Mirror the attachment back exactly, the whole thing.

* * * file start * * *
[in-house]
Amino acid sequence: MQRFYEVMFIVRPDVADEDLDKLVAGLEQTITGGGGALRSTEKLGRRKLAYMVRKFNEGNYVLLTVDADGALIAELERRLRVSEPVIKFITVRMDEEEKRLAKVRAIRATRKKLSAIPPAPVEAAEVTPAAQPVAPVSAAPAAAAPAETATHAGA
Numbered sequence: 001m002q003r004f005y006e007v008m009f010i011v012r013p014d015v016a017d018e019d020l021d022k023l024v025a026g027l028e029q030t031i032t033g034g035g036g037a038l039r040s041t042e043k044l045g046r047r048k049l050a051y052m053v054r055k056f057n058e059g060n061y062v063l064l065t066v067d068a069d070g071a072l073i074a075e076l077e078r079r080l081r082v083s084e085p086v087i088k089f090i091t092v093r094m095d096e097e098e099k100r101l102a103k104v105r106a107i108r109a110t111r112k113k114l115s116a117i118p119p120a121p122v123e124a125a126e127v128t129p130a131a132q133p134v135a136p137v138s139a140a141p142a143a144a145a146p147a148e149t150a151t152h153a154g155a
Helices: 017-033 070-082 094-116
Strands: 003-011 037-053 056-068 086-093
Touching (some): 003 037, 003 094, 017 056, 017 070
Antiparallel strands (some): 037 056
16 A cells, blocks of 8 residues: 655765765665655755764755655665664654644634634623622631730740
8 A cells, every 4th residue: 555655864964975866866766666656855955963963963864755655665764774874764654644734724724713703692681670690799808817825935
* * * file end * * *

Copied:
[in-house]
Amino acid sequence: MQRFYEVMFIVRPDVADEDLDKLVAGLEQTITGGGGALRSTEKLGRRKLAYMVRKFNEGNYVLLTVDADGALIAELERRLRVSEPVIKFITVRMDEEEKRLAKVRAIRATRKKLSAIPPAPVEAAEVTPAAQPVAPVSAAPAAAAPAETATHAGA
Numbered sequence: 001m002q003r004f005y006e007v008m009f010i011v012r013p014d015v016a017d018e019d020l021d022k023l024v025a026g027l028e029q030t031i032t033g034g035g036g037a038l039r040s041t042e043k044l045g046r047r048k049l050a051y052m053v054r055k056f057n058e059g060n061y062v063l064l065t066v067d068a069d070g071a072l073i074a075e076l077e078r079r080l081r082v083s084e085p086v087i088k089f090i091t092v093r094m095d096e097e098e099k100r101l102a103k104v105r106a107i108r109a110t111r112k113k114l115s116a117i118p119p120a121p122v123e124a125a126e127v128t129p130a131a132q133p134v135a136p137v138s139a140a141p142a143a144a145a146p147a148e149t150a151t152h153a154g155a
Helices: 017-033 070-082 094-116
Strands: 003-011 037-053 056-068 086-093
Touching (some): 003 037, 003 094, 017 056, 017 070
Antiparallel strands (some): 037 056
16 A cells, blocks of 8 residues: 655765765665655755764755655665664654644634634623622631730740
8 A cells, every 4th residue: 555655864964975866866766666656855955963963963864755655665764774874764654644734724724713703692681670690799808817825935